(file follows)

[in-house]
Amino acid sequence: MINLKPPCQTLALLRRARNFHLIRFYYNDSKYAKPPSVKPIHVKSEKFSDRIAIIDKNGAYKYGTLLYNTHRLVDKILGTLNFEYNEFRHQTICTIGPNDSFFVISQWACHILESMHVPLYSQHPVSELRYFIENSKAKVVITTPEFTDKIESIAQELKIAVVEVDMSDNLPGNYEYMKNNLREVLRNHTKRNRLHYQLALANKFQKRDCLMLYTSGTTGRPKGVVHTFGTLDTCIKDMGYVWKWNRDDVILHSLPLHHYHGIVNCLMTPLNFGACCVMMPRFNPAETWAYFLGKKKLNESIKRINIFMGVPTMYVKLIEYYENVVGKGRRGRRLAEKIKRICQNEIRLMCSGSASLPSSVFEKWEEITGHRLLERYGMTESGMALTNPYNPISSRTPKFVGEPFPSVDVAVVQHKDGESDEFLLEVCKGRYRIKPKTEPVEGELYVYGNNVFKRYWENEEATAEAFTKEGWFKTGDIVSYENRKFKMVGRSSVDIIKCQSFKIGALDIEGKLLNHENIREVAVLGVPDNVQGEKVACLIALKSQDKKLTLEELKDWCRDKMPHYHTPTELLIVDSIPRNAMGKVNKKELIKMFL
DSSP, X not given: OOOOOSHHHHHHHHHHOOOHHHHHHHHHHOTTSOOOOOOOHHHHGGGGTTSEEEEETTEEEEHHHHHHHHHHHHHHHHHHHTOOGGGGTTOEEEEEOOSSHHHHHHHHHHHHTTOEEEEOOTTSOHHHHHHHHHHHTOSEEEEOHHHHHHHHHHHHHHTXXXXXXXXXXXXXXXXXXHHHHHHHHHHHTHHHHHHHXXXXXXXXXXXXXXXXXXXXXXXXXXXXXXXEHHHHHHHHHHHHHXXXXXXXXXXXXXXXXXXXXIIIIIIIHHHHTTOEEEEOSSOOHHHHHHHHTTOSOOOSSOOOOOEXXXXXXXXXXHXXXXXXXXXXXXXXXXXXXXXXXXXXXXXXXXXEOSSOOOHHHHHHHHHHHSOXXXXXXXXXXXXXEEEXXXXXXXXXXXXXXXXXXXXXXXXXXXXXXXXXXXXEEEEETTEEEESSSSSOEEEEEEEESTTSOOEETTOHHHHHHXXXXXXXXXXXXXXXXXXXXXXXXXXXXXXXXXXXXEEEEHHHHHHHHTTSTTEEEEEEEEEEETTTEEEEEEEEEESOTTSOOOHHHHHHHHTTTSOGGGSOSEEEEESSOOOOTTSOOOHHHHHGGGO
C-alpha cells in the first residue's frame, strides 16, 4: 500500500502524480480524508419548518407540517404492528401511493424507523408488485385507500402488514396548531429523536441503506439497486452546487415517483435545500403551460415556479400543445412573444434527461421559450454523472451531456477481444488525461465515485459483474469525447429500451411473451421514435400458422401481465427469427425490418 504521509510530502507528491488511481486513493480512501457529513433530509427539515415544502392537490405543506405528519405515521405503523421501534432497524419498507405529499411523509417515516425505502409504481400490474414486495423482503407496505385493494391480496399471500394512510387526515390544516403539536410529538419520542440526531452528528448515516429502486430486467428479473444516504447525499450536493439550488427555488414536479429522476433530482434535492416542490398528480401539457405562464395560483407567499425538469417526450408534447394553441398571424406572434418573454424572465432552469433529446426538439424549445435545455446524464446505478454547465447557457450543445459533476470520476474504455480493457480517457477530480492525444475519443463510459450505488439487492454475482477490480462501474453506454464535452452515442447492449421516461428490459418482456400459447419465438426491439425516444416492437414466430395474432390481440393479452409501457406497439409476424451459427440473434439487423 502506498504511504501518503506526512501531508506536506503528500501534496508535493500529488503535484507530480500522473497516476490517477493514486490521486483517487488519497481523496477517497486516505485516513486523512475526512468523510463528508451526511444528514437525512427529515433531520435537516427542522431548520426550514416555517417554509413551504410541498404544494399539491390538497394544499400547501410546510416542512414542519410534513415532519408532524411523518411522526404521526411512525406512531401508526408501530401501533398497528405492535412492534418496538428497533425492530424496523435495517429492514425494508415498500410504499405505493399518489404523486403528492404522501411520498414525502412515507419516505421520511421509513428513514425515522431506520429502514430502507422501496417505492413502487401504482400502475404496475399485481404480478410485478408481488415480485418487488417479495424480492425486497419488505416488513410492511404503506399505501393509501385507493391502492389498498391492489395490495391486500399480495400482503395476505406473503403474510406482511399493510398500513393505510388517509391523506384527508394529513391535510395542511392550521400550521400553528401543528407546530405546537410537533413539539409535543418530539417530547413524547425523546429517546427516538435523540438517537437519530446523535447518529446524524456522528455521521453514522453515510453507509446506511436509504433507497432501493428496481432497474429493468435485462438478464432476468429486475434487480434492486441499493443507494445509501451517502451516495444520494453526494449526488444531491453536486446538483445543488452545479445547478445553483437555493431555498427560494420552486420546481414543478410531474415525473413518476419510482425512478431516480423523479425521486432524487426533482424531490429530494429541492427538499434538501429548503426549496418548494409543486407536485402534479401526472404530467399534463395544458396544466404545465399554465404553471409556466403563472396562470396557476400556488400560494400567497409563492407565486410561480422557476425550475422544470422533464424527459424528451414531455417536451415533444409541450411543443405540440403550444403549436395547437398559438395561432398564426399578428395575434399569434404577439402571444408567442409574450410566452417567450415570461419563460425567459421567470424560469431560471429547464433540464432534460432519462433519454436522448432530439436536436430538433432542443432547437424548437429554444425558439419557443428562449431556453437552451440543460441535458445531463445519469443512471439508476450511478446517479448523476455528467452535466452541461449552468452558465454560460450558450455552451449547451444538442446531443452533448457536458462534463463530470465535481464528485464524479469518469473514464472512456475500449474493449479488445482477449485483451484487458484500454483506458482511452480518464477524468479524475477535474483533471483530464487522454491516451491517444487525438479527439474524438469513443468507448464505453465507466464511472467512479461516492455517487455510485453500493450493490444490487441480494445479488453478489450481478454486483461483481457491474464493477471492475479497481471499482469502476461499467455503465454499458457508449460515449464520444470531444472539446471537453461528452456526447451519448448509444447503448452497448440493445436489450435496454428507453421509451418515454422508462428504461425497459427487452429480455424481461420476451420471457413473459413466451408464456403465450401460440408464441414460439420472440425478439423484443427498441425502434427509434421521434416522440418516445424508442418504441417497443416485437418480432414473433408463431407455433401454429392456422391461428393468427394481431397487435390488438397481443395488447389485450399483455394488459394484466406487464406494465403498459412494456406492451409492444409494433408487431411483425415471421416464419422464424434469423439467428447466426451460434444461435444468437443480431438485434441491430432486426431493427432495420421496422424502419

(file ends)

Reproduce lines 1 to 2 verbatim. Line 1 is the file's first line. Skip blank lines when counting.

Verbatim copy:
[in-house]
Amino acid sequence: MINLKPPCQTLALLRRARNFHLIRFYYNDSKYAKPPSVKPIHVKSEKFSDRIAIIDKNGAYKYGTLLYNTHRLVDKILGTLNFEYNEFRHQTICTIGPNDSFFVISQWACHILESMHVPLYSQHPVSELRYFIENSKAKVVITTPEFTDKIESIAQELKIAVVEVDMSDNLPGNYEYMKNNLREVLRNHTKRNRLHYQLALANKFQKRDCLMLYTSGTTGRPKGVVHTFGTLDTCIKDMGYVWKWNRDDVILHSLPLHHYHGIVNCLMTPLNFGACCVMMPRFNPAETWAYFLGKKKLNESIKRINIFMGVPTMYVKLIEYYENVVGKGRRGRRLAEKIKRICQNEIRLMCSGSASLPSSVFEKWEEITGHRLLERYGMTESGMALTNPYNPISSRTPKFVGEPFPSVDVAVVQHKDGESDEFLLEVCKGRYRIKPKTEPVEGELYVYGNNVFKRYWENEEATAEAFTKEGWFKTGDIVSYENRKFKMVGRSSVDIIKCQSFKIGALDIEGKLLNHENIREVAVLGVPDNVQGEKVACLIALKSQDKKLTLEELKDWCRDKMPHYHTPTELLIVDSIPRNAMGKVNKKELIKMFL